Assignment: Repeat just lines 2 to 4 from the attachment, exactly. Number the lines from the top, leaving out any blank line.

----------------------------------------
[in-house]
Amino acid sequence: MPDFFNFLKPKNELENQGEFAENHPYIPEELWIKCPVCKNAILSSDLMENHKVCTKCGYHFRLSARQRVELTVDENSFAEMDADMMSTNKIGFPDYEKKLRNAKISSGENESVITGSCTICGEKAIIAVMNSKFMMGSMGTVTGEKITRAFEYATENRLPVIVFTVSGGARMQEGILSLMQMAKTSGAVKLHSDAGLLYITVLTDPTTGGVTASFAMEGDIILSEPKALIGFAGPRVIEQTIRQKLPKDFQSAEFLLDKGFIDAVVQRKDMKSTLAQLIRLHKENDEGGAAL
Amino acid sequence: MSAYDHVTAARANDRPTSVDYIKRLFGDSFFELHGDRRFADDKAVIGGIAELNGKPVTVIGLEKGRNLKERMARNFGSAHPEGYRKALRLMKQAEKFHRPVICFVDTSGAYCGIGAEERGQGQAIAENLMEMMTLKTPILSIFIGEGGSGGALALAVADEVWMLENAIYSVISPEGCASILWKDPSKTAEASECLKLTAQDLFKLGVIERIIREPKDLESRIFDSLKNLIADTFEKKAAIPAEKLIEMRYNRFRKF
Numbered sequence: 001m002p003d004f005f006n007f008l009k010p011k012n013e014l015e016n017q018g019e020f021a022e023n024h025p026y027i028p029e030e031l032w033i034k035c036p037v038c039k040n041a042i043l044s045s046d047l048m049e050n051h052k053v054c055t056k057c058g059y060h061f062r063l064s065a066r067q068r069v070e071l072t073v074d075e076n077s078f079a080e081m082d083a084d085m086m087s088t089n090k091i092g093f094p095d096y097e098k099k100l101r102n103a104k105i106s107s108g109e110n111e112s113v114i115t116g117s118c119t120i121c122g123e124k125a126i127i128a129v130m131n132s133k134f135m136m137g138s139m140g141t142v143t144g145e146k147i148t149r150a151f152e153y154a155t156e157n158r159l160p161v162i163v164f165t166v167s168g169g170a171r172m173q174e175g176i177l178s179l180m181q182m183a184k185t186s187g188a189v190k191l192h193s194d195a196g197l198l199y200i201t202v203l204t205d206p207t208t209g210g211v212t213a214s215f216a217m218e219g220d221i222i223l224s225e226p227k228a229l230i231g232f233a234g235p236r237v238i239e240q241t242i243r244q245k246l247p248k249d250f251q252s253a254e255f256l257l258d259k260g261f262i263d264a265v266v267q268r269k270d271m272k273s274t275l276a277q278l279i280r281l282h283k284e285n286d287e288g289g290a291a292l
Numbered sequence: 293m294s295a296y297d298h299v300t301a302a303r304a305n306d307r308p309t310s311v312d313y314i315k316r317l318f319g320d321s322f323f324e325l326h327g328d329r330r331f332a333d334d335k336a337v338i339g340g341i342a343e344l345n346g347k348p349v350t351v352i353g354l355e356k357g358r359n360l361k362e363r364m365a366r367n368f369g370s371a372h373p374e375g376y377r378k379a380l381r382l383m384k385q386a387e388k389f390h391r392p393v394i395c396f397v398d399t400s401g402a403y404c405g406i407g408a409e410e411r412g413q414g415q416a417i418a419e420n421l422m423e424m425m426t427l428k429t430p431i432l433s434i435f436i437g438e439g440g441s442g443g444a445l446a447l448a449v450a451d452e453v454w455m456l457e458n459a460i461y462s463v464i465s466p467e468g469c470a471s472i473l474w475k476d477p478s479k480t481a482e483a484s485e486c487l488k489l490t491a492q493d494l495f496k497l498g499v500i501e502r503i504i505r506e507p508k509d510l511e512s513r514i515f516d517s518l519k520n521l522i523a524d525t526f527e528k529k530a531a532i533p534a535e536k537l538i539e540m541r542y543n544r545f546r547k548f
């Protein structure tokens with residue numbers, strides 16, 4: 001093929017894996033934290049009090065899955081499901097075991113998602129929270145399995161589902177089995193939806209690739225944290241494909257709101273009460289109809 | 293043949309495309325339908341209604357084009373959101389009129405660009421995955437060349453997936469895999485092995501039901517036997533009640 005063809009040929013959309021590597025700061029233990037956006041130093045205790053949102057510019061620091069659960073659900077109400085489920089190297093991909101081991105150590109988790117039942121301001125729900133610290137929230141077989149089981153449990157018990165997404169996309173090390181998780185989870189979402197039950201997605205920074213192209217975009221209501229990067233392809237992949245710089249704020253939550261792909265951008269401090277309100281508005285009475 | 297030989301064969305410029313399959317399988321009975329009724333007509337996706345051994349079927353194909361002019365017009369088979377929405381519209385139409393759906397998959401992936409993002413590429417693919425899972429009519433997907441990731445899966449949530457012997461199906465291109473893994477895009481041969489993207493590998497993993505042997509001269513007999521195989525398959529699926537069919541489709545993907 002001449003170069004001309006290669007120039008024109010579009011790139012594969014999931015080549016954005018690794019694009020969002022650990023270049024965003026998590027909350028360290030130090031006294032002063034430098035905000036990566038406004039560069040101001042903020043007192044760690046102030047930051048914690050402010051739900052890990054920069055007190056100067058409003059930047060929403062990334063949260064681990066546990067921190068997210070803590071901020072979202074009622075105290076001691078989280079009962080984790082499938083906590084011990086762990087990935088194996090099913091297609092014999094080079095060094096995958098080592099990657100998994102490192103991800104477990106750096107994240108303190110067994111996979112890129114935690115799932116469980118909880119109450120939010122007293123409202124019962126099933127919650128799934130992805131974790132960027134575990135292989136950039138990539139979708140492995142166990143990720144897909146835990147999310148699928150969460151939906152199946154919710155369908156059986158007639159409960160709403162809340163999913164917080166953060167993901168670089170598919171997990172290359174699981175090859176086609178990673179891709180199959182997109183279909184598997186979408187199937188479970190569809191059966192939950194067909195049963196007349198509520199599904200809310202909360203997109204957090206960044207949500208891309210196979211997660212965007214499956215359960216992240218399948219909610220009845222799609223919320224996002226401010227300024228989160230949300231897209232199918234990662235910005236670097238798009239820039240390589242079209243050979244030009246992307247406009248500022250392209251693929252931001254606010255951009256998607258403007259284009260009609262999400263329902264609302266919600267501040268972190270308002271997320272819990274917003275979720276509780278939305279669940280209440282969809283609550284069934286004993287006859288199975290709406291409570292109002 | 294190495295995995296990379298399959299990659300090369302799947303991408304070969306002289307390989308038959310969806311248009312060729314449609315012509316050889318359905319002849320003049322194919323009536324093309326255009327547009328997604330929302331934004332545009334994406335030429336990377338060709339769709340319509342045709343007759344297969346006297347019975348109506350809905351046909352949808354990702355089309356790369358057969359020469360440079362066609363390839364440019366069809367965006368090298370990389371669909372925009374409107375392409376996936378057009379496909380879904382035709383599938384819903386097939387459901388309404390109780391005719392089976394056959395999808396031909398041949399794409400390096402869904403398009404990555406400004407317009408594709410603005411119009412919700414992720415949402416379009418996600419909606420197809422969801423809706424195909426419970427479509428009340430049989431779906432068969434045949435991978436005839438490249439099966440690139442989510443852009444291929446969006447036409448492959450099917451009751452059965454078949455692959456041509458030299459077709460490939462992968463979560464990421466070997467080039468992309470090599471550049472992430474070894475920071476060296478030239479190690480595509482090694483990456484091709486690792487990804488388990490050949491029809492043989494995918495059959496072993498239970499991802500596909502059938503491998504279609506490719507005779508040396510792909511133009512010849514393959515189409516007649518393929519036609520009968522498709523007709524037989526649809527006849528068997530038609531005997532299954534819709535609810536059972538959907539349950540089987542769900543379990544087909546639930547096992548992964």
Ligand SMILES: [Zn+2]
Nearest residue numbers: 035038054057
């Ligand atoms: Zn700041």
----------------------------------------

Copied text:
Amino acid sequence: MPDFFNFLKPKNELENQGEFAENHPYIPEELWIKCPVCKNAILSSDLMENHKVCTKCGYHFRLSARQRVELTVDENSFAEMDADMMSTNKIGFPDYEKKLRNAKISSGENESVITGSCTICGEKAIIAVMNSKFMMGSMGTVTGEKITRAFEYATENRLPVIVFTVSGGARMQEGILSLMQMAKTSGAVKLHSDAGLLYITVLTDPTTGGVTASFAMEGDIILSEPKALIGFAGPRVIEQTIRQKLPKDFQSAEFLLDKGFIDAVVQRKDMKSTLAQLIRLHKENDEGGAAL
Amino acid sequence: MSAYDHVTAARANDRPTSVDYIKRLFGDSFFELHGDRRFADDKAVIGGIAELNGKPVTVIGLEKGRNLKERMARNFGSAHPEGYRKALRLMKQAEKFHRPVICFVDTSGAYCGIGAEERGQGQAIAENLMEMMTLKTPILSIFIGEGGSGGALALAVADEVWMLENAIYSVISPEGCASILWKDPSKTAEASECLKLTAQDLFKLGVIERIIREPKDLESRIFDSLKNLIADTFEKKAAIPAEKLIEMRYNRFRKF
Numbered sequence: 001m002p003d004f005f006n007f008l009k010p011k012n013e014l015e016n017q018g019e020f021a022e023n024h025p026y027i028p029e030e031l032w033i034k035c036p037v038c039k040n041a042i043l044s045s046d047l048m049e050n051h052k053v054c055t056k057c058g059y060h061f062r063l064s065a066r067q068r069v070e071l072t073v074d075e076n077s078f079a080e081m082d083a084d085m086m087s088t089n090k091i092g093f094p095d096y097e098k099k100l101r102n103a104k105i106s107s108g109e110n111e112s113v114i115t116g117s118c119t120i121c122g123e124k125a126i127i128a129v130m131n132s133k134f135m136m137g138s139m140g141t142v143t144g145e146k147i148t149r150a151f152e153y154a155t156e157n158r159l160p161v162i163v164f165t166v167s168g169g170a171r172m173q174e175g176i177l178s179l180m181q182m183a184k185t186s187g188a189v190k191l192h193s194d195a196g197l198l199y200i201t202v203l204t205d206p207t208t209g210g211v212t213a214s215f216a217m218e219g220d221i222i223l224s225e226p227k228a229l230i231g232f233a234g235p236r237v238i239e240q241t242i243r244q245k246l247p248k249d250f251q252s253a254e255f256l257l258d259k260g261f262i263d264a265v266v267q268r269k270d271m272k273s274t275l276a277q278l279i280r281l282h283k284e285n286d287e288g289g290a291a292l